John Howell’s Column

Published 12:00 am Wednesday, January 2, 2008

Autrey has success during first full year

Batesville mayor Jerry Autrey marked the end of the first full year of his administration with the announcement that the city had received a contract from a restaurant chain offering to purchase an acre of prime, city-owned real estate near the civic center.

The mayor makes no secret that announcements about new commercial or industrial events in the community are among the favorite parts of the job to which city voters elected him in  May, 2005. And, along with other government and economic development officials, he’s had opportunity to make several — GE Aviation, Love’s Travel Stop, Starbucks and Chili’s restaurants recently among them.

Autrey, who had no experience in public office prior to his election, has proved to be a quick study in city government, learning from the Batesville aldermen he faces around the meeting table most Tuesdays, from other elected and appointed officials and from the Mississippi Municipal Association and its contacts.

Sign up for our daily email newsletter

Get the latest news sent to your inbox

The mayor often speaks extemporaneously now, having discarded the notes that he relied on during the initial months of his administration. He carries a mental wish list that he often shares as he did recently with the Batesville Exchange Club. Industrial and commercial expansion is on that list. Specifically, he’d like to see spinoff from the Toyota facility near Tupelo land in the former Moog building in the W. M. Harmon Industrial Complex, Autrey said.  He would also like to finally announce that Batesville has been selected as the site for another manufacturer who has for months played this city against two neighboring towns to see who most wants them.

Autrey’s discussion of the latter on Mississippi Supertalk Radio got him in trouble last summer when he went into too much detail about the industrial prospect. Within minutes of the live interview, the mayor had received phone calls from local and state economic developers who told him he had talked too much.

Characteristically, Autrey incorporated the episode into his repertoire of the self-depreciating humor that he regularly shares with his audiences. “Gray Swope was in town the other day,” Autrey told Exchange Club members at their Dec. 5 meeting, referring the the Director of the Mississippi Development Authority. “He told me, ‘we’ve got some things going right now, but we’re not going to tell you about it,’” the mayor continued, laughing with his audience.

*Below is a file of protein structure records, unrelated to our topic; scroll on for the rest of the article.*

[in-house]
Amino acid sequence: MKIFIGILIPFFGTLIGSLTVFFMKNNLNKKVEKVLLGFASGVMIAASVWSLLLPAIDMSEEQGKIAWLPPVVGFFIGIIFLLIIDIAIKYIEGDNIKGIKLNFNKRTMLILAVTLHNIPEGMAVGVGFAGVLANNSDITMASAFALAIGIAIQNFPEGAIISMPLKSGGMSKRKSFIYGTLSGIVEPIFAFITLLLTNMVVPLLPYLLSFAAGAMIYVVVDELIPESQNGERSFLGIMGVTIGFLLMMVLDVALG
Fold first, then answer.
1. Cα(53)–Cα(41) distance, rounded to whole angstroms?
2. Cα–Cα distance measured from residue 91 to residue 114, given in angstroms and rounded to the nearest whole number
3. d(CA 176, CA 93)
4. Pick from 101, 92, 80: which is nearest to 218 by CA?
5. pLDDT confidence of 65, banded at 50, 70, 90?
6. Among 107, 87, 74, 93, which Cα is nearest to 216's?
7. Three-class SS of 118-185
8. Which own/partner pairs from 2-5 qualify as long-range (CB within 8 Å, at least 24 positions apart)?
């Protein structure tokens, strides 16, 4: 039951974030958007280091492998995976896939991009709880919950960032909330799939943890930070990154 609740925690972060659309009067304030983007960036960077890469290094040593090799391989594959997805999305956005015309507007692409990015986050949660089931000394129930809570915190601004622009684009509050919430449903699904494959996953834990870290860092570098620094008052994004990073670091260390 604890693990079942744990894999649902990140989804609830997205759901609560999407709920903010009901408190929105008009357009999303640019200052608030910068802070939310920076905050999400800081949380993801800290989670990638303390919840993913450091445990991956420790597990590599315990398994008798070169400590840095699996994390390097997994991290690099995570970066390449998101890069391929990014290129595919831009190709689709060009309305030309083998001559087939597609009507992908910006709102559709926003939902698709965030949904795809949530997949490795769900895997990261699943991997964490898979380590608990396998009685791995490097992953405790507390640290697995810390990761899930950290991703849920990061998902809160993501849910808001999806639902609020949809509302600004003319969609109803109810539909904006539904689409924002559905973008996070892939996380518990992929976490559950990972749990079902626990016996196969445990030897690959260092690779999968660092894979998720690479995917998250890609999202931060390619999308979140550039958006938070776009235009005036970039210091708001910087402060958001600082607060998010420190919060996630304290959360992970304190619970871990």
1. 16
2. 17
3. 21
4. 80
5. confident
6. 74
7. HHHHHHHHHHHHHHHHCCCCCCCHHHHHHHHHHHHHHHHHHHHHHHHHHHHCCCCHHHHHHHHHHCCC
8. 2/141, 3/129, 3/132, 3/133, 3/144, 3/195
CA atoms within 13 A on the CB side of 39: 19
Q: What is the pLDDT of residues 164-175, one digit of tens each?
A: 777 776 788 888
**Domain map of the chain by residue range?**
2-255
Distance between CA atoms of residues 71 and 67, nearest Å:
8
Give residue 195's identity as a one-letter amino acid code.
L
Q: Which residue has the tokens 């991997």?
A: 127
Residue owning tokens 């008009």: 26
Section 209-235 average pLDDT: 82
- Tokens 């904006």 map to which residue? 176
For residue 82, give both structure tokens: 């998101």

Though Autrey lacked experience in government when he took office, he brought with him that sense of humor honed over a lifetime and perhaps inherited from his father, the late F. J. “Jelly” Autrey. It is often displayed in well-timed but unexpected remarks that put strangers at ease and dispel tension in conversations that could grow into confrontations.

Autrey keeps his serious side mostly to himself, quietly revealing his distaste for the down side of the mayor’s office: breaking a 2-2 tie in voting against a friend’s request for a zoning variance, dealing with personnel problems that are inevitable in city government, expressing frustration at the time consumed in an attempt to bring a campaign-promised animal shelter to fruition.

“The word is out to people in Memphis and Clarksdale that we’re out to get them,” Autrey said of the Batesville Police Department’s efforts to cut off the usual sources for illegal drugs bound for Batesville. Batesville police officer Jamie Tedford, who took leave last summer during an unsuccessful campaign for sheriff, “is back; he’s out there working,” Autrey said.

Tedford will also add a second dog to the Batesville force. “He’s purchased one on his own that he is going to train,” Autrey said.

Fire protection in the city consists of strict enforcement of building codes and a full-strength fire department, the mayor continued. “We want to build sleeping quarters and a kitchen in station number two,” he said. “The fire and police (departments) want a weight room; that may be incorporated into station number two,” he added.

Long-range planning has also captured the mayor’s attention. The 2010 plan developed in 1990 “hit on the dot a lot of the problems and showed the growth toward the east,” he said.

His wish list includes more street repaving, lighting at Batesville north exit on Interstate 55 and additional lighting at the south exit, additional water and sewer service on Highway 35 and — he has made clear since early in his administration — another term as mayor when municipal elections again roll around in 2009.